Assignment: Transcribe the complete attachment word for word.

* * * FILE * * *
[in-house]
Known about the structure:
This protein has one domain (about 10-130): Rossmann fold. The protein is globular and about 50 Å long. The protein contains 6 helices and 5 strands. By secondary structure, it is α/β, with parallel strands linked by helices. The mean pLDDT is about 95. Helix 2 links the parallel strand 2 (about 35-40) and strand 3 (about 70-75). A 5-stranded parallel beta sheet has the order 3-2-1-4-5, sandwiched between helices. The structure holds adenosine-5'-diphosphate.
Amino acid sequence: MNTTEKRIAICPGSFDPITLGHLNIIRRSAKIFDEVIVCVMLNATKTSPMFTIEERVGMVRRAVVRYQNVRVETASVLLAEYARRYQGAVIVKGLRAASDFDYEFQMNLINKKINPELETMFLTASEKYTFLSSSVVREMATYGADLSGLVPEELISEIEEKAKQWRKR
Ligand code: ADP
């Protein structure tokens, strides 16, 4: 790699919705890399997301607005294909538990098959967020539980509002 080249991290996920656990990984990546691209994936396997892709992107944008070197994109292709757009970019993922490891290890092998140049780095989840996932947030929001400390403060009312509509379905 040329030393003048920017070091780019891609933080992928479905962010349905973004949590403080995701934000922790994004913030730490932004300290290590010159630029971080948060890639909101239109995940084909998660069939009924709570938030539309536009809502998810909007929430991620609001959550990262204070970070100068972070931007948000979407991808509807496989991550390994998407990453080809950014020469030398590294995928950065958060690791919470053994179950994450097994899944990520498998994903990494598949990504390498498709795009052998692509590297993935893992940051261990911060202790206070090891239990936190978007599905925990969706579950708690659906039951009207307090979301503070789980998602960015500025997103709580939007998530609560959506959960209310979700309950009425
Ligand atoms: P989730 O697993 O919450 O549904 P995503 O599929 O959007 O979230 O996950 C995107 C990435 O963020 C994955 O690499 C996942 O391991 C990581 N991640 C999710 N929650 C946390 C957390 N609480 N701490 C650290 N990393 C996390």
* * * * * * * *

[in-house]
Known about the structure:
This protein has one domain (about 10-130): Rossmann fold. The protein is globular and about 50 Å long. The protein contains 6 helices and 5 strands. By secondary structure, it is α/β, with parallel strands linked by helices. The mean pLDDT is about 95. Helix 2 links the parallel strand 2 (about 35-40) and strand 3 (about 70-75). A 5-stranded parallel beta sheet has the order 3-2-1-4-5, sandwiched between helices. The structure holds adenosine-5'-diphosphate.
Amino acid sequence: MNTTEKRIAICPGSFDPITLGHLNIIRRSAKIFDEVIVCVMLNATKTSPMFTIEERVGMVRRAVVRYQNVRVETASVLLAEYARRYQGAVIVKGLRAASDFDYEFQMNLINKKINPELETMFLTASEKYTFLSSSVVREMATYGADLSGLVPEELISEIEEKAKQWRKR
Ligand code: ADP
């Protein structure tokens, strides 16, 4: 790699919705890399997301607005294909538990098959967020539980509002 080249991290996920656990990984990546691209994936396997892709992107944008070197994109292709757009970019993922490891290890092998140049780095989840996932947030929001400390403060009312509509379905 040329030393003048920017070091780019891609933080992928479905962010349905973004949590403080995701934000922790994004913030730490932004300290290590010159630029971080948060890639909101239109995940084909998660069939009924709570938030539309536009809502998810909007929430991620609001959550990262204070970070100068972070931007948000979407991808509807496989991550390994998407990453080809950014020469030398590294995928950065958060690791919470053994179950994450097994899944990520498998994903990494598949990504390498498709795009052998692509590297993935893992940051261990911060202790206070090891239990936190978007599905925990969706579950708690659906039951009207307090979301503070789980998602960015500025997103709580939007998530609560959506959960209310979700309950009425
Ligand atoms: P989730 O697993 O919450 O549904 P995503 O599929 O959007 O979230 O996950 C995107 C990435 O963020 C994955 O690499 C996942 O391991 C990581 N991640 C999710 N929650 C946390 C957390 N609480 N701490 C650290 N990393 C996390």